The standard way of doing what you want is to put the funcionality (i.e.
the code) into a module defined in /lib. You then use
voila, problem solved! You have the method you defined in said module
available on any controller that includes that module.
Thanks for your quick reply, Adam.I’m tripping over the exact usage
If the file is called /lib/post_payment_module.rb and its contents start
with the line “module PostPayment”, what should the include command in
the payments_controller.rb file say and where does it go?
First of all, in Ruby there’s no necessary relation between the filename
containing a piece of code, and its contents. I.e. an .rb file may
contain one module, or several, or none at all. So it doesn’t make any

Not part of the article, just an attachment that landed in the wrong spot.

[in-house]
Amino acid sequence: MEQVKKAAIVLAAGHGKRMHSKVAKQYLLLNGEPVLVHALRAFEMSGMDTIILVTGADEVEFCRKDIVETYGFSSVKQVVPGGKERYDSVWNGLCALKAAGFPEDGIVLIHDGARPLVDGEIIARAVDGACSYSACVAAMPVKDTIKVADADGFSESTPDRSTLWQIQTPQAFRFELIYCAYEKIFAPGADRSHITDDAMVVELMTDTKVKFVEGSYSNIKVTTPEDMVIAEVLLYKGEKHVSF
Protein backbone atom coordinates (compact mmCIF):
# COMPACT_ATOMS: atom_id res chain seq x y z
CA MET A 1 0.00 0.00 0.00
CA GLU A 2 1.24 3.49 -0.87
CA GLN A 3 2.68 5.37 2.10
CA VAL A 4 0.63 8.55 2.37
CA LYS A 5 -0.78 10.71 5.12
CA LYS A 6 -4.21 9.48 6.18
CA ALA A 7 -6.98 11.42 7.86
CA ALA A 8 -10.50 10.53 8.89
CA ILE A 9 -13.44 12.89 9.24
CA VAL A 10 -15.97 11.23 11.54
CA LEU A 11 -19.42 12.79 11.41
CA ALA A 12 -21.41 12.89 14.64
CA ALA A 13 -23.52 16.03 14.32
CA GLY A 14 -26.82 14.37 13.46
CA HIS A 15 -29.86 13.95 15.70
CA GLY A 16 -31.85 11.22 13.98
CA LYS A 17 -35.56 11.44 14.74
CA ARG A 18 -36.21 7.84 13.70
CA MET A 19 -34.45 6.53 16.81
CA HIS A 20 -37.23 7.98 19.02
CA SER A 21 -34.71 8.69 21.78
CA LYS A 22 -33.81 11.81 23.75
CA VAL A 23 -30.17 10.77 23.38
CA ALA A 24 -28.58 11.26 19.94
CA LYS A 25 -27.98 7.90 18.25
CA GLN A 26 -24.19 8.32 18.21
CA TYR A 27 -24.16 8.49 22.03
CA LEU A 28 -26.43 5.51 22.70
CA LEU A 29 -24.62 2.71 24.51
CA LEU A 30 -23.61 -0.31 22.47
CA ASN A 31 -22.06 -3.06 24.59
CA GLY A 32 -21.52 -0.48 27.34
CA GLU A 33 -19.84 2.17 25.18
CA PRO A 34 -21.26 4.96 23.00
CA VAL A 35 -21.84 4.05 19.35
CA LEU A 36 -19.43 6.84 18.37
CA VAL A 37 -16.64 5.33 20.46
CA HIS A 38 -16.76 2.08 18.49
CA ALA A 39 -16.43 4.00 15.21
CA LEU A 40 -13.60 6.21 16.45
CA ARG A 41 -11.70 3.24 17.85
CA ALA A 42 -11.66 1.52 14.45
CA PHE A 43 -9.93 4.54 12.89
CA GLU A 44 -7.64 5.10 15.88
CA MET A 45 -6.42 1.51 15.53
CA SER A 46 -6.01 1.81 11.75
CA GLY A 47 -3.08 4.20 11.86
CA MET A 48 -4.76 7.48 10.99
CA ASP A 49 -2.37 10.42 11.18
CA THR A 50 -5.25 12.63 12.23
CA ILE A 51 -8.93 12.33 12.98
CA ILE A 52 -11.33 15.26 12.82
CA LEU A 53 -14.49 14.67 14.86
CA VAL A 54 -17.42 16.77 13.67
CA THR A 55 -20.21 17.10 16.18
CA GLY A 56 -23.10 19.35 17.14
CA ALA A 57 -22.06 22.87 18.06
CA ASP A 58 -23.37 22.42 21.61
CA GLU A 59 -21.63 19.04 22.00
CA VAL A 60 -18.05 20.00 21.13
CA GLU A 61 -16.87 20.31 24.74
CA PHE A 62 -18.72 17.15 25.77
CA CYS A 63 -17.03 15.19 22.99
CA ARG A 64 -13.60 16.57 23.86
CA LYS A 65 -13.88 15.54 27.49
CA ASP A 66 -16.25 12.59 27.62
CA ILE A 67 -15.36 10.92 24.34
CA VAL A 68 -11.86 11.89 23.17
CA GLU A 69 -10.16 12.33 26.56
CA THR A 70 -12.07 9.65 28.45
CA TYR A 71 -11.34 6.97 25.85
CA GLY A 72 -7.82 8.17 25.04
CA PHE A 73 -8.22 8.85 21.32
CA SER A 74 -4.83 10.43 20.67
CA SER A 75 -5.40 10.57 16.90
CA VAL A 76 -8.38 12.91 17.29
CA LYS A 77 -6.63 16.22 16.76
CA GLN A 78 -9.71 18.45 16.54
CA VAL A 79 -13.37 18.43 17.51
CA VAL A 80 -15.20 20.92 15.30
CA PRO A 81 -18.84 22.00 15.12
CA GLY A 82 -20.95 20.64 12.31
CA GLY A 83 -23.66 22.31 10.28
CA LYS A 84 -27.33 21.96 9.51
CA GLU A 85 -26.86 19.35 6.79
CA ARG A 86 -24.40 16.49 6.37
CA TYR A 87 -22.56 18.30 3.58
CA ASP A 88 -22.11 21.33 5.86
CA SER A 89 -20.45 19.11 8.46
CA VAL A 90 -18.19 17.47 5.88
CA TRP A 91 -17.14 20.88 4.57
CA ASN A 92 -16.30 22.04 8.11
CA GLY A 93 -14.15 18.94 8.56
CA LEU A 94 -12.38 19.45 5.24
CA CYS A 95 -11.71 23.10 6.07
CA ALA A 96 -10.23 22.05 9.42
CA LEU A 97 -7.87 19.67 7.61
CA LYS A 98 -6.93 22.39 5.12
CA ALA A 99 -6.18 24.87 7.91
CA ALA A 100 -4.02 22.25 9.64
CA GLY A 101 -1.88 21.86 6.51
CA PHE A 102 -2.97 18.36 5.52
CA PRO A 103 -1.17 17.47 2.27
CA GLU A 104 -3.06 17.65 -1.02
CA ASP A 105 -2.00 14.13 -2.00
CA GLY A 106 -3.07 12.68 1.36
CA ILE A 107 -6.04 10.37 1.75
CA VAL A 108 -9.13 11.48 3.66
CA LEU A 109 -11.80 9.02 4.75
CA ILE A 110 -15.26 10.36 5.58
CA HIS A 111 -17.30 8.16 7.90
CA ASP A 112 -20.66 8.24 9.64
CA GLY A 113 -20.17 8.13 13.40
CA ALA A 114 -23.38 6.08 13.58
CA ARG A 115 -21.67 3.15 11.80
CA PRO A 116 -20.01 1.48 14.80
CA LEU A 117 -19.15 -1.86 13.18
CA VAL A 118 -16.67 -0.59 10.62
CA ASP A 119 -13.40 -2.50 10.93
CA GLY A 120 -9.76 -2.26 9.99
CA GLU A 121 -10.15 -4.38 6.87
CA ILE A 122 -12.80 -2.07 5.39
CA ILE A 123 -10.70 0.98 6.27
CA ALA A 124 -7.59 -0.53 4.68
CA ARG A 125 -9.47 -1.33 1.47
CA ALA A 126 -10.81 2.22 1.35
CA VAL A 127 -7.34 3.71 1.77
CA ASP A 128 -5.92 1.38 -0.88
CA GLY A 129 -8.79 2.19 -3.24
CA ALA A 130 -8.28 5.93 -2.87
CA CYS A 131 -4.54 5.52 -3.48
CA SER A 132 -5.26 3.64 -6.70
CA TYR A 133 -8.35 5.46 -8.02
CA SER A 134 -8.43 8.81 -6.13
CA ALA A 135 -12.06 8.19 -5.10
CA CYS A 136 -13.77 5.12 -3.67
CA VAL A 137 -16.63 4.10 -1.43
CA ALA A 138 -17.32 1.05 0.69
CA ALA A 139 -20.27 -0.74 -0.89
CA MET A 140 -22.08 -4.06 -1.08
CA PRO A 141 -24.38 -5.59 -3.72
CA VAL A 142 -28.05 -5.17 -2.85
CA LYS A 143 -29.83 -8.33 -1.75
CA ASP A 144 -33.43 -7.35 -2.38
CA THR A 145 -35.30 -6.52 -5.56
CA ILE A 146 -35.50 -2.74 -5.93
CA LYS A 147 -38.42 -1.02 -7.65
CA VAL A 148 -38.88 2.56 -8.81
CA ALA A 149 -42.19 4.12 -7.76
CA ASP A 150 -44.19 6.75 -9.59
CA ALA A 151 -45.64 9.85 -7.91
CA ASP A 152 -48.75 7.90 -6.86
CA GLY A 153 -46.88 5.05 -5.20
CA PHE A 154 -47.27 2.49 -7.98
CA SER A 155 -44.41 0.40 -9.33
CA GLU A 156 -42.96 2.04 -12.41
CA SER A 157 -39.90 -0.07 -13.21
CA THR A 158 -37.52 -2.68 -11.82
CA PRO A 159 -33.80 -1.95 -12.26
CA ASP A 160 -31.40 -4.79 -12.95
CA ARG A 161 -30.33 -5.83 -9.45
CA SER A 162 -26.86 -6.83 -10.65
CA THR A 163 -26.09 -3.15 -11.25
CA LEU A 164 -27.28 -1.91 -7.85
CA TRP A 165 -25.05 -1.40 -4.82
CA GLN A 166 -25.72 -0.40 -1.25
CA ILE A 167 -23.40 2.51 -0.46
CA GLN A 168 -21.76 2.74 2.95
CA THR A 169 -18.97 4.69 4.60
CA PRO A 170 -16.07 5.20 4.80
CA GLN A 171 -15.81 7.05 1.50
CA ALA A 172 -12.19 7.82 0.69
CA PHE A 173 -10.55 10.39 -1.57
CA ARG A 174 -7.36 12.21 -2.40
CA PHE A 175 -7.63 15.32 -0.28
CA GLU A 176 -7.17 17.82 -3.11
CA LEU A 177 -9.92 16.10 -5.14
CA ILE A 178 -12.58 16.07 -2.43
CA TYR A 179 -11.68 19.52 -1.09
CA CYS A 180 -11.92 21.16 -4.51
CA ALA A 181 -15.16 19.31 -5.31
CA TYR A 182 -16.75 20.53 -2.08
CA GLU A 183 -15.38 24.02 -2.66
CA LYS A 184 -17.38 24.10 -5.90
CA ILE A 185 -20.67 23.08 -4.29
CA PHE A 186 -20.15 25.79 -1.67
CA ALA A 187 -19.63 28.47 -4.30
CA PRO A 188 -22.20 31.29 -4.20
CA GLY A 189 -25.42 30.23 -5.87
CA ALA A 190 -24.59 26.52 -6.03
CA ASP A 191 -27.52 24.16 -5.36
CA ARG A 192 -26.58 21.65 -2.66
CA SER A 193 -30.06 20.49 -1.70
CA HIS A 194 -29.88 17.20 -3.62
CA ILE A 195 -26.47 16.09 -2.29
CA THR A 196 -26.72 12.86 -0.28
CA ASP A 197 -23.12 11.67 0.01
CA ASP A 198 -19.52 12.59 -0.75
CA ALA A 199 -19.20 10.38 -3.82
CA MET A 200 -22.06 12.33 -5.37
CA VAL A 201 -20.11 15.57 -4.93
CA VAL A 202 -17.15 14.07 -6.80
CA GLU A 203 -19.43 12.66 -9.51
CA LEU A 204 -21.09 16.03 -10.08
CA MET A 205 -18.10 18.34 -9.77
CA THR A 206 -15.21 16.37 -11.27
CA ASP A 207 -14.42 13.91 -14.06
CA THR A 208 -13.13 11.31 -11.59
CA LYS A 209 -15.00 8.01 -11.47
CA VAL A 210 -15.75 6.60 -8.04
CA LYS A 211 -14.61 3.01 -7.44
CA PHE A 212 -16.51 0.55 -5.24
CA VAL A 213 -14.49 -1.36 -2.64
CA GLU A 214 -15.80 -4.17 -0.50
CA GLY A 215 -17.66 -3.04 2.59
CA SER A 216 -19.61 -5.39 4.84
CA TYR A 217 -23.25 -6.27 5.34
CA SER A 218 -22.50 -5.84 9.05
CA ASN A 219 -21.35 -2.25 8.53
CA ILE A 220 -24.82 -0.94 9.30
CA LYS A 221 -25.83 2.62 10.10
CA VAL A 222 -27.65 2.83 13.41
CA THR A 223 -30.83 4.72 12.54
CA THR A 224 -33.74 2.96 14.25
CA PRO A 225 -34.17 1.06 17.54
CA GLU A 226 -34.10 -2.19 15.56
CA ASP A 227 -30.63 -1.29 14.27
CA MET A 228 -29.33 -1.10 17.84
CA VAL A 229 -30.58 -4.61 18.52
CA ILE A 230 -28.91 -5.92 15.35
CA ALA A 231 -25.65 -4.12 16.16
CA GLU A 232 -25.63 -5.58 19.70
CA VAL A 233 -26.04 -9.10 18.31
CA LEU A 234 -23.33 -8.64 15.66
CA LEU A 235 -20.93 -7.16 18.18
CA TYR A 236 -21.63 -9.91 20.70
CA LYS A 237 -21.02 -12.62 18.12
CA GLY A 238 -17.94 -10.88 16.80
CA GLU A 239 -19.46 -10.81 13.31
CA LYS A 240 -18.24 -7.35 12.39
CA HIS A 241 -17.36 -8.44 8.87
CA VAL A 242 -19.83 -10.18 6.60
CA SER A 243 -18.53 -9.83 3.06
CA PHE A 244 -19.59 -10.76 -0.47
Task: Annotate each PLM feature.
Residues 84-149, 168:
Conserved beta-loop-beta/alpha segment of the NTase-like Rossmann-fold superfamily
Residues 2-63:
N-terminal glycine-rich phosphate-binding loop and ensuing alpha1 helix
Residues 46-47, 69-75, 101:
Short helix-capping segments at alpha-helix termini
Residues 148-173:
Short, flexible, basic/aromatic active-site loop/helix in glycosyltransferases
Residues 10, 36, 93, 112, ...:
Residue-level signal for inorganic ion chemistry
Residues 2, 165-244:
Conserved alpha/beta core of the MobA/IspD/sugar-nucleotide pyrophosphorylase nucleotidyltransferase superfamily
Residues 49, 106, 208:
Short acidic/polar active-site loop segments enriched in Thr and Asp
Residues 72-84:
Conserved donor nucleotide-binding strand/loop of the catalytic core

sense to postfix the filename with _module. What if you want to add
another module there, or even a class?
Use a functional name, like maybe
post_payment.rb in your case.
If I use…
I get the NameError “undefined local variable or method
`post_payment_module’ for #PaymentsController:0x644d758”.
Sure, because post_payment_module is not escaped there in any way, so it
is assumed to be a name (i.e. var or method), which is sought after by
the interpreter but doesn’t exist, hence the error.
If I use…
I get the NameError “uninitialized constant PostPayment”.
Yes, because you haven’t
required /lib/post_payment_module.rb. The
file wasn’t evaluated, so PostPayment isn’t among the constants at your
require_dependency 'post_payment_module' in
conf/environment.rb or in application_controller.rb or the controller
you need the functionality in. Then you’ll have PostPayment at your
disposal, and can do
If I have to put the “def create” in the module itself, I’m back to the
problem of having to pass it the session, flash, and params variables
and figure out how to pass them back to payments_controller when they
are changed within the module.
I recommend a good, thorough Ruby tutorial (e.g. the PickAxe2), followed
by a good Rails tutorial.